MCSI Spring 2017 Update

“The time has come,” the Walrus said, “To talk of many things…” (Lewis Carroll, The Walrus and the Carpenter)

…but to roll out the 2017 MCSI season, we are going to talk of many swift related things!

Our Chimney Swifts are migrating north from their wintering grounds in South America. The latest eBird map shows that our intrepid swifts are fast moving up the eastern coast of the USA, recently being seen as far north at Maryland and New Jersey. As an aside, it is interesting to see how few winter sightings there were in North America, just one near Bogota and one cut from this map in Peru.

With the swift’s impending arrival in Manitoba, mid- to late-May, it is time to SAVE DATES for the spring monitoring programs. The 2017 National Roost Monitoring Program (NRMP) dates are May 24, May 28, June 1, and June 5. The national organizers in Quebec use a recipe to choose dates each year: the first monitoring night occurs on the Wednesday preceding the last Sunday in May. Still with us? As a result of using this recipe, sometimes peak counts can occur before monitoring gets underway. This has happened in Ontario and in Manitoba, our later arriving swifts can be more abundant at roosts well after the NRMP finishes.

You’ve heard MCSI extol the value of “0” data-points. Those beautiful zeroes, which are so frustrating for bird enthusiasts to score, are so very important to establish true arrival dates. In order to get our Manitoba counts bounded by an observation before the Chimney Swifts arrive and to better inform seasonal peak counts, MCSI is adding two additional monitoring dates – one on either side of the NRMP dates. We would appreciate observation data for May 20 and June 9. Even if early arriving or lingering roosting birds are on-site, we can be confident to have captured seasonal maxima if NRMP counts are higher than our first and last night counts.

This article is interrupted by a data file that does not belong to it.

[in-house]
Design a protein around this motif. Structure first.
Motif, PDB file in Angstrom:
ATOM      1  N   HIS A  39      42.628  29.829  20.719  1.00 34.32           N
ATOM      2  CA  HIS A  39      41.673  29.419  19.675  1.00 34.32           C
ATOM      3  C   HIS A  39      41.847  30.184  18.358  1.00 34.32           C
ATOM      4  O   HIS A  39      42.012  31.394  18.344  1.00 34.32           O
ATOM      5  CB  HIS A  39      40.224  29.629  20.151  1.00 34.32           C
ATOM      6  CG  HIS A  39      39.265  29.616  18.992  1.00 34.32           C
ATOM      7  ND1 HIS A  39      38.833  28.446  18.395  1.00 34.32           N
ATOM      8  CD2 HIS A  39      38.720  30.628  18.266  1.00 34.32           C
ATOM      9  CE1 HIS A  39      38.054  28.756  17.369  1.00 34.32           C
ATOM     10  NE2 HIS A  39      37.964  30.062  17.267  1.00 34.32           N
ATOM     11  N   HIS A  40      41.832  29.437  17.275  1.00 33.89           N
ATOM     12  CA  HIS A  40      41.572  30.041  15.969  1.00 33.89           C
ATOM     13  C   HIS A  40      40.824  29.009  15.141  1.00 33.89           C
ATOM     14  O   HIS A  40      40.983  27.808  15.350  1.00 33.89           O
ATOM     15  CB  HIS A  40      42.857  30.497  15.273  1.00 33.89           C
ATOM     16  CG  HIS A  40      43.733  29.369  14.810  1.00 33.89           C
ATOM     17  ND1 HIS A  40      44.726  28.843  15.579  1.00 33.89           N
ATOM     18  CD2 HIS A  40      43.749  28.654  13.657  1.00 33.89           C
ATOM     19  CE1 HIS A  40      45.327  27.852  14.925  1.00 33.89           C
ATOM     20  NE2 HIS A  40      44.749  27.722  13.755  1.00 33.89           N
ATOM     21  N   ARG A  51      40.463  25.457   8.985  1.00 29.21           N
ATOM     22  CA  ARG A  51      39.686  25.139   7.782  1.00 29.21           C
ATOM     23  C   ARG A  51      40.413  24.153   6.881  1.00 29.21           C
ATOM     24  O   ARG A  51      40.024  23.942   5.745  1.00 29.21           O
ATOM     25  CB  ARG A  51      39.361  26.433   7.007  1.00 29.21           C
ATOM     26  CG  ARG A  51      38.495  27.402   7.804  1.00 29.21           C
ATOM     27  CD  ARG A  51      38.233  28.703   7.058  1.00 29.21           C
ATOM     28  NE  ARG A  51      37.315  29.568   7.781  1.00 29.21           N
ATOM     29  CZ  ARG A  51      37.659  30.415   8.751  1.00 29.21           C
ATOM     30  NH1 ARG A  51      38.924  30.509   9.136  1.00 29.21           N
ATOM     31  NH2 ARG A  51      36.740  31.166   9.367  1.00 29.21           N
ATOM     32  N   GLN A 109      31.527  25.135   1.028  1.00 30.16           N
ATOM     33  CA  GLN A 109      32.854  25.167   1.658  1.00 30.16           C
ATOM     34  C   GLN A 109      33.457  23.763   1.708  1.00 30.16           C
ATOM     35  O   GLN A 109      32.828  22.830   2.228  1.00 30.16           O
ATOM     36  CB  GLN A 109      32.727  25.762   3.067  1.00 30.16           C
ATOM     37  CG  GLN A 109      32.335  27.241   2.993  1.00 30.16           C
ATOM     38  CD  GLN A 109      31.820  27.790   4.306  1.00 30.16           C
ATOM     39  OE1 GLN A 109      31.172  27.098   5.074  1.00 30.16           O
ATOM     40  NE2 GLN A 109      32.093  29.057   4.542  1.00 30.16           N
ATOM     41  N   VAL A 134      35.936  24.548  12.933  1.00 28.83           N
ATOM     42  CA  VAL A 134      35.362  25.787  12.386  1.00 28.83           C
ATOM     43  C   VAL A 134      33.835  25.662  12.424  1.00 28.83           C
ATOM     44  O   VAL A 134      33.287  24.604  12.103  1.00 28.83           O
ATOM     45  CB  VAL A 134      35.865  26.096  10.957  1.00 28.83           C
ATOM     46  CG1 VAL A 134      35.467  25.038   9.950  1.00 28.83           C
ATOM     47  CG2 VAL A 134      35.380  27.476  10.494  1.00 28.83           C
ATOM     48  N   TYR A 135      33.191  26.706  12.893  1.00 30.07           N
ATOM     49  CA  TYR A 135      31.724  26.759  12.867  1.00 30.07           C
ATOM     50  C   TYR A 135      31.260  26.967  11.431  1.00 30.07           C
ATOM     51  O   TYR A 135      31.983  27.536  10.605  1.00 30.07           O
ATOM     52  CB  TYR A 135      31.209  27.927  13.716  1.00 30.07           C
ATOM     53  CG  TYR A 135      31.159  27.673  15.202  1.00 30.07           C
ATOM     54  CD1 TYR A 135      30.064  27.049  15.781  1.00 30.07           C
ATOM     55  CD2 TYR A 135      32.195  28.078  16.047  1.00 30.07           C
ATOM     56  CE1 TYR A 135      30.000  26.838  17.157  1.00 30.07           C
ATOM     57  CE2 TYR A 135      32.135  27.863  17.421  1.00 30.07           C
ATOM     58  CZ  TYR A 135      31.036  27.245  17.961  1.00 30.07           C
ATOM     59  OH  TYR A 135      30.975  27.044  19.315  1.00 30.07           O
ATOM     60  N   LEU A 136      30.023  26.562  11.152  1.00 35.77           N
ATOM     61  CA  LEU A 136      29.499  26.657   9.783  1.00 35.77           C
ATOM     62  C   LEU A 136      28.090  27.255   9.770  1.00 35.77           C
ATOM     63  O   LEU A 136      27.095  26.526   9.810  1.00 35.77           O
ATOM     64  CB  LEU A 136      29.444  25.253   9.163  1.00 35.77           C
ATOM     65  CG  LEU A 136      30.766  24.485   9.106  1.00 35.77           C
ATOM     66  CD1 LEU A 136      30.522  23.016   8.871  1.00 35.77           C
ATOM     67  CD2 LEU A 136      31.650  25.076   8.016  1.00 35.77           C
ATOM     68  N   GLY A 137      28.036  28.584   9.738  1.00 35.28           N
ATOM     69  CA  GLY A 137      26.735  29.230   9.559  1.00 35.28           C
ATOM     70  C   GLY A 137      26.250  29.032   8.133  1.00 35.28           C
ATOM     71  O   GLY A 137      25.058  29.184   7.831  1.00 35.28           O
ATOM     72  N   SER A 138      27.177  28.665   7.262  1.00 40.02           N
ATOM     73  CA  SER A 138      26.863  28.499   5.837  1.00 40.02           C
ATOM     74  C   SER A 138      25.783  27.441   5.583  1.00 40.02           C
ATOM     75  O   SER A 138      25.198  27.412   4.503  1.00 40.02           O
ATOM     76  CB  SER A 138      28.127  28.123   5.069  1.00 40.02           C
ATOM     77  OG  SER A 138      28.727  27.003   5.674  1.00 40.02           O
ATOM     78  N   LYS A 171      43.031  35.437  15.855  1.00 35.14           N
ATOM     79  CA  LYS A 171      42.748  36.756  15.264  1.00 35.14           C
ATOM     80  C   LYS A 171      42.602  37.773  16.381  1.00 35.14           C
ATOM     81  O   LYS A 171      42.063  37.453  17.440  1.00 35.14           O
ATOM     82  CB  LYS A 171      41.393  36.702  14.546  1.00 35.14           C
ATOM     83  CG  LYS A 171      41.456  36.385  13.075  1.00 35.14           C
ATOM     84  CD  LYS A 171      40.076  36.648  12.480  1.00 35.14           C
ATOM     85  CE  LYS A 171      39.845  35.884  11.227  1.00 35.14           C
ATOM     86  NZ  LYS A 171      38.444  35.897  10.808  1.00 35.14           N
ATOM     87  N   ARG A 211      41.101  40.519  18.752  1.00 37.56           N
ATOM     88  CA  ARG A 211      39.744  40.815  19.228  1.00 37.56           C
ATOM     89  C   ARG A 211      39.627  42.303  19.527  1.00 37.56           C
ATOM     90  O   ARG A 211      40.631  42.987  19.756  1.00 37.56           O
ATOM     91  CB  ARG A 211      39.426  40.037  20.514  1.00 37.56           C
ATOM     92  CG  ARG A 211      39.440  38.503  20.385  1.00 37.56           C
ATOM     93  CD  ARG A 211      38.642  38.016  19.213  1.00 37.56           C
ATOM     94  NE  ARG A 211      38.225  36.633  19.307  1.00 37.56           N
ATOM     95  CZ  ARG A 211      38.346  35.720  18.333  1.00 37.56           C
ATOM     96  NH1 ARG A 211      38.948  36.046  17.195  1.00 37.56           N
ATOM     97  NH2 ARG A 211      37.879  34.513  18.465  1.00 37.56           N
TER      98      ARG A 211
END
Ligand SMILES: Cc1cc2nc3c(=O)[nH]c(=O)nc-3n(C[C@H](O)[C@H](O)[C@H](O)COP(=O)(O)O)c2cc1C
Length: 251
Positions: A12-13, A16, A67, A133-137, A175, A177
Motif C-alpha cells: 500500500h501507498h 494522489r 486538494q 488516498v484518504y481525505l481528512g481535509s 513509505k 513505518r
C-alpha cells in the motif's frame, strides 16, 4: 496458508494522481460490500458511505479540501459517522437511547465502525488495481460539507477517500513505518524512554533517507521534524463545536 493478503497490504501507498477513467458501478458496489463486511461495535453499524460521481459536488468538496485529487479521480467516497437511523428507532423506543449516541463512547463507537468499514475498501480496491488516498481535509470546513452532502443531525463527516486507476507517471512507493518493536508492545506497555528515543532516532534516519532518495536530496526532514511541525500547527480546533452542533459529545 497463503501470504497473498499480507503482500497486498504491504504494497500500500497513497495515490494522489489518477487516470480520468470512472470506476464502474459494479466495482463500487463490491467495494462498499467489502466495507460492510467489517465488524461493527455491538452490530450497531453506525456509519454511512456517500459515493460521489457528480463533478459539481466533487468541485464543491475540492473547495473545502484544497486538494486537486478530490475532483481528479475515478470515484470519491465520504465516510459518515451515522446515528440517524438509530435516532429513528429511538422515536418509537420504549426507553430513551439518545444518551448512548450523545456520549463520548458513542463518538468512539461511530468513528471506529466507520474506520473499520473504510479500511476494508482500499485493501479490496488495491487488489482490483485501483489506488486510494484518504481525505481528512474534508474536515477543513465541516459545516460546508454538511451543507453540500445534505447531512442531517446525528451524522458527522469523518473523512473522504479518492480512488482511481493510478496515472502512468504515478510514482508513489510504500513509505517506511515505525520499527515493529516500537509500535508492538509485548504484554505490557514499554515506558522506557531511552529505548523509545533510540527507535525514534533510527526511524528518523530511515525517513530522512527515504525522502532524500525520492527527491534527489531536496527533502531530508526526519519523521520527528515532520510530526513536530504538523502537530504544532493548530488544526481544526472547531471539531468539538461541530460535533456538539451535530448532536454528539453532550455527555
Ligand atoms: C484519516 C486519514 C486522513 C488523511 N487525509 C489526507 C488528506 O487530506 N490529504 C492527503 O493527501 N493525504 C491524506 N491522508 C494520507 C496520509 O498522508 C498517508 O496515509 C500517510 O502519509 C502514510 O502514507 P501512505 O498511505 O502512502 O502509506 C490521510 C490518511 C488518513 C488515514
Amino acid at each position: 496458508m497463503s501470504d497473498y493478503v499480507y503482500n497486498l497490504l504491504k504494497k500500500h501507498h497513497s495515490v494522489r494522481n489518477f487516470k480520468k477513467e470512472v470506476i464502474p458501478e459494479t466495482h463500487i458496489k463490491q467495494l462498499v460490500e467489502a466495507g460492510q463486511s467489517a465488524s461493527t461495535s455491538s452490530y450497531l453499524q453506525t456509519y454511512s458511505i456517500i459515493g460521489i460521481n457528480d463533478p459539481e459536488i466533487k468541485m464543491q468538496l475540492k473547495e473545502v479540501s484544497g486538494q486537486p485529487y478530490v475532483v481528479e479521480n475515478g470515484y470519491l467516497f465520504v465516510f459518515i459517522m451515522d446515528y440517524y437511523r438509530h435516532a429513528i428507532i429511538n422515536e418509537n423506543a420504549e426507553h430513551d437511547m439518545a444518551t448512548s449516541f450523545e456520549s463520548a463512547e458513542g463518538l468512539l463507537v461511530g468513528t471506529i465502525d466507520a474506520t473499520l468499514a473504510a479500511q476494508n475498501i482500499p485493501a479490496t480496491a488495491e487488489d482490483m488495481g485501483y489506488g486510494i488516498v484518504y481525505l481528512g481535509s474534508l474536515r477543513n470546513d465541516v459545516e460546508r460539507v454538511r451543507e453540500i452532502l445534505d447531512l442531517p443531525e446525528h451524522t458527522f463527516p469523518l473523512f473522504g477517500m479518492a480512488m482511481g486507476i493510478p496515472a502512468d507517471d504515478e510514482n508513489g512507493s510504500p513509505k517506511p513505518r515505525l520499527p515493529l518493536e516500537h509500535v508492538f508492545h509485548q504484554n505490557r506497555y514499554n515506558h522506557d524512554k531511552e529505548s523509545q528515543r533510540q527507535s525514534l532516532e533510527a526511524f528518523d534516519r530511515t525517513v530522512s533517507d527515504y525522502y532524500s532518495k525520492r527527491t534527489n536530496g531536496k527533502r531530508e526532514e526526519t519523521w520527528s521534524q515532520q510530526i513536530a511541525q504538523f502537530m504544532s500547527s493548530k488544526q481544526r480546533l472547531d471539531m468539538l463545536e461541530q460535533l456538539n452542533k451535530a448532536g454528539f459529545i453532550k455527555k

Now we have to capture you for monitoring at specific sites. In 2017, the steering committee asks for your help with three high priority activities. We recognize that this may result in a shake-up for some of our long-term supporters. Prioritizing monitoring sites may involve heading to a new site or accepting the helping eyes of additional monitors at your site.

First, we have 30 chimneys which need one additional record of use e.g., entries or exits, to make the site eligible to be registered as critical habitat. To help you locate these new chimneys, we have come up with a rather splendid looking map. If you are limited to NRMP monitoring, please consider selecting one of these sites to focus your efforts on this year. We will keep this map updated – those sites in blue require a new volunteer to check them and those in pink have a dedicated volunteer(s) already. We need to submit observations to Environment Canada asap to have sites listed in the registry. Tim will coordinate monitors, so please contact him if you are interested in a special assignment.

Second, we would like to continue tracking the 17 sites which have qualified previously as roost sites for the NRMP; these chimneys have housed 4 or more Chimney Swifts for overnight rest. Those chimneys can be found on the map below. Some of these 17 chimneys have dedicated monitors while, for other sites, new volunteers need to be assigned. Chimneys which have dedicated volunteers have purple pointers and those which do not have red pointers. We will update the map as people come forward to cover new sites. If you are willing and able to take on one of these sites please email Tim Poole at